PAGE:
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Grayson County TXGenWeb
Types of Water


George W. Rains
Mineral Water
Tioga, Grayson Co., Texas

 Mineral Water

Tioga, Texas, famous as the birthplace of Western Movie Actor Gene Autry, was also famous back in1884 when Matt Rains, a blacksmith, discovered medicinal qualities in the local water.  Rains bathed a burned hand in the water and it was said to have healed quickly.  As a result several companied, Tioga Mineral Wells Company, Radium Mineral Water, Tioga Mineral Water Company, Atlas Water and star Well, marketed the mineral water.  Health seekers flocked to Tioga just like they did to Mienral Wells (Texas). An article on the Texas State Historical Association Webpage by Janet Mace Valenza "Tioga, TX' from the Handbook of Texas Online tells how it was said that trainloads of visitors arrived in Tioga every day.  Pupulation grew to 777 residents in 1925.  At one time there was a move in Tioga to change the name of the town to Autry Springs after Autry who was born there and graduated from Tioga High School in 1925.  That move was unsuccessful and the name of Tioga remained.  

McRee Hickman, who has lived in Tioga for more than 50 years, wrote that once there were hotels, bath houses and quite a few businesses in the southwest grayson County town because of the mineral water.  In 1897 one of the bath houses burned and the wells were shot down for a while until a new owner built a new bathhouse and the town as a health resort continued.    By 1970 the resort business was waning.  Jim and Deedie Wendover tried to revive the town and bottle the water.  They even renovated some of the store fronts and opened an antique trading center.  Wendover sold many of the business buildings in an auction in 1982.  As years went by many residents commuted to nearby towns to work.
The town at one time had six churches, including the Primitive Baptist Church that has a Texas Historical Marker telling of the 1956 baptism and the 1963 funeral of Sam Rayburn.

(Hunt, Donna. "Yesterday : Mineral waters flowed through Grayson County".  Herald Democrat, 28 November 2010)

Tioga : There used to be four or five mienral wells here.  They sold it by the gallon - ten cents a gallon....They used to bottle it and ship it in five-gallon stone jugs....They had outfits built out of bricks about so high and a pan set on it.  Boil  it down. It taken 40 gallons of water to make a gallon changed the color of it to a yellowish-brown color....on that Scoggins place...They had athat big long bath-house and that old big hotel down there in the summertime....they brought a feller in on the train, on a cot, unloaded him at the platfrom....He hadn't walked none in three months. Flat on his back. He was so sore an' all 'til he couldn't do nothing.'  And they carried him down there and they went to givin' him a hot bath...Then they had a little outfit they'd put him i.  It opened up and had a place in the top.  He'd set on a stool in there.  An' his head 'ud stick through the top.  They'd close that up and give you a steam bath.  Put that steam to you.  And in 10 days, why, he walked from the hotel back up to the depot; he carried his suitcase and got on the train and went home...He had arthritis or rheumatism or somthing.'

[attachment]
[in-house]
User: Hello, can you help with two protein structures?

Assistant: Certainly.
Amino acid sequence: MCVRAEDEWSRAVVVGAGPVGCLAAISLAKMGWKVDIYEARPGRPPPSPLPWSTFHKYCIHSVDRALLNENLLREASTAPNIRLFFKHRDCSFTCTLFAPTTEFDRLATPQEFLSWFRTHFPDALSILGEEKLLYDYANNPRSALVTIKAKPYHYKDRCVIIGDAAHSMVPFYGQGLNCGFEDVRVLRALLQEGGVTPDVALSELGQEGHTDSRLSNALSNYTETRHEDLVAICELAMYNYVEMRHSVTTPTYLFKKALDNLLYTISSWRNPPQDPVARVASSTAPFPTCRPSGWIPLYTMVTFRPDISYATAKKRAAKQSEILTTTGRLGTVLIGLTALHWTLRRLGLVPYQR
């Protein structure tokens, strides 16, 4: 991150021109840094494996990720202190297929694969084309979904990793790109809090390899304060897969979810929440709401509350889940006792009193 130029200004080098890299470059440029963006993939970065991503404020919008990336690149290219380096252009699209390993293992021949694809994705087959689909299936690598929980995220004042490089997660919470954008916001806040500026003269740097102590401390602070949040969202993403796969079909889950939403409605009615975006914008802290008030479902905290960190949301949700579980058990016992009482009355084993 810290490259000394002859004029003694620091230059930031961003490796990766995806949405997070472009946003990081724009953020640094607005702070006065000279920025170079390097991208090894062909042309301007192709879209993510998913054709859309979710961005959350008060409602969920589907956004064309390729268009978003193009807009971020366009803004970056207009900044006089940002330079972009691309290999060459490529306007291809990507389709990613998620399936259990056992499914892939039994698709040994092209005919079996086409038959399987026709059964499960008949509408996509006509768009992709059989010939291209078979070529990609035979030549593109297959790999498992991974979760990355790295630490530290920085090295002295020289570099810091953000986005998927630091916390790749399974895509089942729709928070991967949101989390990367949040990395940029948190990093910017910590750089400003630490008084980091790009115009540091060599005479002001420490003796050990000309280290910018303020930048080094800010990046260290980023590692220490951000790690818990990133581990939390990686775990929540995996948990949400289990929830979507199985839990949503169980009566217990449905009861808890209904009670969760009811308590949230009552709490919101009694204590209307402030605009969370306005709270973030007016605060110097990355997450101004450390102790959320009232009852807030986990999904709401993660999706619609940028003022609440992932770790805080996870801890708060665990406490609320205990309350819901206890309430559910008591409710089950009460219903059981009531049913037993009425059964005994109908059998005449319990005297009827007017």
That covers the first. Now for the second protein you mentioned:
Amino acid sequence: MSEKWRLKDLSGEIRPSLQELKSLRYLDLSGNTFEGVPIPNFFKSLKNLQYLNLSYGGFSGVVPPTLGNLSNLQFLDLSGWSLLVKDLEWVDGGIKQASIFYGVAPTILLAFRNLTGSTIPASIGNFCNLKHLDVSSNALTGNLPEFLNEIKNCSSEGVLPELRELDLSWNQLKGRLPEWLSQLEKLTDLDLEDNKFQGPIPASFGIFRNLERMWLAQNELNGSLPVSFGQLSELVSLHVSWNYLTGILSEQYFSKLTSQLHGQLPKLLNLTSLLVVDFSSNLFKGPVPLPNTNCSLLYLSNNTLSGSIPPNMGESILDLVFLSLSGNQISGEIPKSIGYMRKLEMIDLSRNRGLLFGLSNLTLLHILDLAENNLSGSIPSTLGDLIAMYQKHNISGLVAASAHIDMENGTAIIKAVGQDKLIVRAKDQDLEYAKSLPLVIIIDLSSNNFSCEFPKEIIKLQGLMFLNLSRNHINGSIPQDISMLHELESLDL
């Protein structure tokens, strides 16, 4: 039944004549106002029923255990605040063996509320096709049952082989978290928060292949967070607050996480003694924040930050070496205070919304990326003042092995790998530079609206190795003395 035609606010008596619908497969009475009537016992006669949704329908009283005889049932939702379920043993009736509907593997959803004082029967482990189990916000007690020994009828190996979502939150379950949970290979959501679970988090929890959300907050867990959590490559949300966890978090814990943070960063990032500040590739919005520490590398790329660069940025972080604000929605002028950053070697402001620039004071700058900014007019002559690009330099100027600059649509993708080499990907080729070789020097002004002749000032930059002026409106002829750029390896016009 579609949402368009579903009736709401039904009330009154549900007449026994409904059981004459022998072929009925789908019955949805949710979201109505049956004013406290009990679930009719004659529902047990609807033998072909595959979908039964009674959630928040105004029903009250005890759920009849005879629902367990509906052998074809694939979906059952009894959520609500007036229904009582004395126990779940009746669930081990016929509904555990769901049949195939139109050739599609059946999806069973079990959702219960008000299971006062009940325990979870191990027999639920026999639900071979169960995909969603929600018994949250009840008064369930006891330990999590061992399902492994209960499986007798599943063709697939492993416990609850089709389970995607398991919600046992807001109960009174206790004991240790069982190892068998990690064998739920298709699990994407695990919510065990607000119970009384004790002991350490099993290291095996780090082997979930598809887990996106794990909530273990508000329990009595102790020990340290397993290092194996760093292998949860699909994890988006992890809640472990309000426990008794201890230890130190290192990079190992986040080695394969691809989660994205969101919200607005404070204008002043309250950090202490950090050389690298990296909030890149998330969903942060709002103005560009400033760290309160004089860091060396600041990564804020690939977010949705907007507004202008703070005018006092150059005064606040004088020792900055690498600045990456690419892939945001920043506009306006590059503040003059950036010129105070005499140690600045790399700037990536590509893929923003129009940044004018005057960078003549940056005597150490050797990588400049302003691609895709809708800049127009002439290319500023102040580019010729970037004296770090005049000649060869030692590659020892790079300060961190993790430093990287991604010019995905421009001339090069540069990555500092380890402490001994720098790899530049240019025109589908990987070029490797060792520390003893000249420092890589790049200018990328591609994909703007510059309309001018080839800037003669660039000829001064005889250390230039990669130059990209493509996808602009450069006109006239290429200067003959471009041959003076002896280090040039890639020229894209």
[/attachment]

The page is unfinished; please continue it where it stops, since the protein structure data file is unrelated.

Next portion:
Source : Estes, Ross. I Remember Things : An Informal History of Tioga, Texas.  Quanah, Texas : Nortex Press, c1977.  pgs.5 6-59.)

The word "Tioga" is an Indain word meaning healing waters.  The location was long known for its mineral water, and many peple came by covered wagon and train to receive its benefits.  The first well had been dug in 1864, but its medicinal qualities were not discovered until 1884 by Matt Raines, a blacksmith.  This first well became known as the "Old Original".  Many other wells were dug and Tioga became a well-known spa and health resort.  
The railroad guaranteed the success and demise of some resorts.  Tioga was founded where railroad workers stopped to drink the the water.  ("Mineral Water Wells and Springs".  Handbook of Texas online.  30 June 2013)

Mineral Spring

Spas : During the last half of the 19th century, western entrepreneurs developed natural hot and cold springs into resorts — from the Mississippi River to the West Coast. Many of these spas offered individual tub baths, vapor baths, needle showers, and pool bathing to their guests. The various railroads that spanned the country promoted these resorts to encourage train travel. Hot Springs, Arkansas, became a major resort for people from the large metropolitan areas of St. Louis and Chicago.  (Wikipedia, 30 June 2013)

Traditionally, mineral waters were used or consumed at their spring sources, often referred to as "taking the waters" or "taking the cure," at developed cities such as spas, baths, or wells. The term spa was used for a place where the water was consumed and bathed in; bath where the water was used primarily for bathing, therapeutics, or recreation; and well where the water was to be consumed.




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